When Mohill ambushed Glencar Manor in injury time of the county final a few years ago, few people took the time to appreciate the subtle nature of Kennedy’s match-winning goal. He put it the only place that the keeper couldn’t save it. When all around him were losing theirs, he used his head as much as his feet.
Everything was set up for a London victory and I was nervous for the lads. So were most Leitrim people and that apprehension fed into the young team I have no doubt. There were a lot of errors and wayward shooting from the young guns.
Thankfully Damien Moran landed a few long-range efforts to augment Rooney’s first half goal. Continued profligacy sucked the confidence out of Leitrim and invited London into the game driven by the brilliance of their home-grown captain Liam Gavaghan.
It’s wonderful to see a native representing London and clearly demonstrates to wonderful coaching structures now in place across the UK. Clearly rattles, Leitrim showed great resolve to respond to London taking the lead in that third quarter.
I mentioned to a fair-weather Dublin-supporting colleague of mine that Leitrim would have their work cut out for them at the weekend. ‘Who are ye playing?’ he asked. ‘London in Ruislip,’ I replied. ‘Ah Jasus bud, if ye can’t beat them ye might as well give up,’ was his ill-informed reply. ‘Leitrim will never give up,’ was all I had to say.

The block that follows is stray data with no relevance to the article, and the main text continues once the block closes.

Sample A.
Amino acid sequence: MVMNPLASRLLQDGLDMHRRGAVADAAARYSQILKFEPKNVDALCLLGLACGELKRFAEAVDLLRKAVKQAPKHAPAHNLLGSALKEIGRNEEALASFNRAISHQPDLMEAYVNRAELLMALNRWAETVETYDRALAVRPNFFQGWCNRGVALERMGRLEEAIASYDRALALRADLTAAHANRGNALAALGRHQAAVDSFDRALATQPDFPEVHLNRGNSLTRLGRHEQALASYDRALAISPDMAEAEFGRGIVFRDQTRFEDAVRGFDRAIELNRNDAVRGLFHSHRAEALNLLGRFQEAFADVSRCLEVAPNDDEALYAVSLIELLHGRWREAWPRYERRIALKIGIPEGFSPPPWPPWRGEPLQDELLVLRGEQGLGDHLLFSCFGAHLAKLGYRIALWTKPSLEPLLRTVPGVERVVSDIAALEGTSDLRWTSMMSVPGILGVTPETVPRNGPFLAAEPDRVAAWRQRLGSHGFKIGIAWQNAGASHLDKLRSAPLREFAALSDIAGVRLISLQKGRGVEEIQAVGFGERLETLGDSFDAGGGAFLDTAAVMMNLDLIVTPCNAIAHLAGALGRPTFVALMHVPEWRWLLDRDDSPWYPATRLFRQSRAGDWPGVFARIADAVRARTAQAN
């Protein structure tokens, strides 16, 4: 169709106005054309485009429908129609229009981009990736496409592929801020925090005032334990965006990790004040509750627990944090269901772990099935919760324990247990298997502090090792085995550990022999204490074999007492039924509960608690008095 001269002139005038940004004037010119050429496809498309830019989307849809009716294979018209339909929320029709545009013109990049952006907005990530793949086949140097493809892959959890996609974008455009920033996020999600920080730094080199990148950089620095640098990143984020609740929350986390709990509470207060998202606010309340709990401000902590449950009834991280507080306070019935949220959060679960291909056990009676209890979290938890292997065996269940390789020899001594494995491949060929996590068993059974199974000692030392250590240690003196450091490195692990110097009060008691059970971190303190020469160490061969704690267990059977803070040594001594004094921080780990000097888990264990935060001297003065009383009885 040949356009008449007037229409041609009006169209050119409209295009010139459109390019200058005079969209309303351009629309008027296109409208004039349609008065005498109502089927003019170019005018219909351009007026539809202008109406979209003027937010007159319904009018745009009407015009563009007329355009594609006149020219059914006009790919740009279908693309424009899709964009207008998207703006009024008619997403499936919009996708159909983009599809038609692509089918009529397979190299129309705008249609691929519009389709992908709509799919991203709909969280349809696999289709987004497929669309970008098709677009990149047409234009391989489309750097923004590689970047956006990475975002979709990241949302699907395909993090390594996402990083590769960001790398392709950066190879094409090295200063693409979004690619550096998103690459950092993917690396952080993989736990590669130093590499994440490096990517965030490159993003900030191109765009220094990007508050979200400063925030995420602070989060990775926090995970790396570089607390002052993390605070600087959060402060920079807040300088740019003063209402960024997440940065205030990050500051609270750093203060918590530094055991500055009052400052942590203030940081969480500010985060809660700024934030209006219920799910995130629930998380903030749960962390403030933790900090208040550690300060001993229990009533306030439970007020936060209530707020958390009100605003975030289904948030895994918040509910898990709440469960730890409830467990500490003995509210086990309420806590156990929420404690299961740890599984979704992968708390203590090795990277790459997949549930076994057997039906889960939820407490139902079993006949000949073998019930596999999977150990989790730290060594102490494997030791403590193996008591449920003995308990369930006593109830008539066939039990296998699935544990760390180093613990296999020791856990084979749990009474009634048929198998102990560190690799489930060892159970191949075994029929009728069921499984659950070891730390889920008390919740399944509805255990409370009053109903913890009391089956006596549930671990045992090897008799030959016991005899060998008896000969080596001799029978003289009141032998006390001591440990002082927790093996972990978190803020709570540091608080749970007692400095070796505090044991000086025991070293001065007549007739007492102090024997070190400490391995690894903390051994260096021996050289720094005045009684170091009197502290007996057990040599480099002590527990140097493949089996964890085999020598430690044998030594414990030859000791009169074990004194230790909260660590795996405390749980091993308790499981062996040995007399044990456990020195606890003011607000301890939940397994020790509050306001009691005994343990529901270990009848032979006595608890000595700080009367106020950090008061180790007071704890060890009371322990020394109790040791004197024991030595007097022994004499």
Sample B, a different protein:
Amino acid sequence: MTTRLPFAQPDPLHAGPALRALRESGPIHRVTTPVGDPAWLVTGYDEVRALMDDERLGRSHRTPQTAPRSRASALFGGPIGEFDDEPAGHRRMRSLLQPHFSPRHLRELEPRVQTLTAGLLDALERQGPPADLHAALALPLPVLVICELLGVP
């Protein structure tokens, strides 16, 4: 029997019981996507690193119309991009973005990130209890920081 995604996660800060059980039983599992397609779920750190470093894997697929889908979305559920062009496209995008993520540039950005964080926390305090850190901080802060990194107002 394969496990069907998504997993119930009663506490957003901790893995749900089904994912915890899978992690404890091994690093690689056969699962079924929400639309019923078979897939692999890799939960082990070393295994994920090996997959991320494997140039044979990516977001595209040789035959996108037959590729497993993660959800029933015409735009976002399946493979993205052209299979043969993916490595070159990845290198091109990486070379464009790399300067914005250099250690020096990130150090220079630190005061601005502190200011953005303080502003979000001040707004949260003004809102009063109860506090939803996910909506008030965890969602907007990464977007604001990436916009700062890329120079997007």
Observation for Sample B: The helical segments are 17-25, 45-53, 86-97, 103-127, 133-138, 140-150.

Getting into any deeper discussion would have been pointless. It would have been like putting him in a round room and telling him to stand in the corner.
I read one preview to the game that noted that London, due to the crippling high turnover of players, would only have five players starting that featured amongst the first 15 that won the Connacht semi-final against Leitrim in 2013.
Anyone harbour a guess at how many starters Leitrim had on Sunday from that starting 15? Zero. Zilch. Not one. In four short years, we were once again forced to select an entirely new starting line-up. That shows phenomenal resilience and deserves to be acknowledged and celebrated.
It also begs the bigger question of why but we’ll come to that another day.
So, what does Sunday’s win mean? Well in the immediacy it meant that the lads could let their hair down on Sunday night and celebrate together the fruits of their individual and collective efforts. The nature of the modern game allows players very little time to socialise and reflect.
Tomás Meehan, double All Ireland winner with Galway, inhabits the office next to mine in Croke Park. He was one man who could appreciate the importance of the task ahead of Leitrim on Sunday. He reckoned the chance to celebrate together following a win would be worth 10 training sessions.
Successful teams depend on cohesion, unity, and a special bond. The X-factor element of that is often forged away from the training field and pitch.
There will be a spring in the step at training this week and there needs to be. This squad needs to achieve levels of performance never previously reached if they are to compete with and defeat Roscommon come June 18.
Earlier in this column I said that encounter should get every Leitrim’s person’s heart racing. But that alone isn’t enough. We need to match that with steel in our nerves, metal in our muscles, precision in our hands and feet, and ice in our heads. It will take a complete performance – technical, tactical, physical, and psychological – to challenge Roscommon and to maintain an upwards trajectory in this side’s growth.
I’m just glad the lads have the opportunity to bring such a performance to the Hyde. They earned it.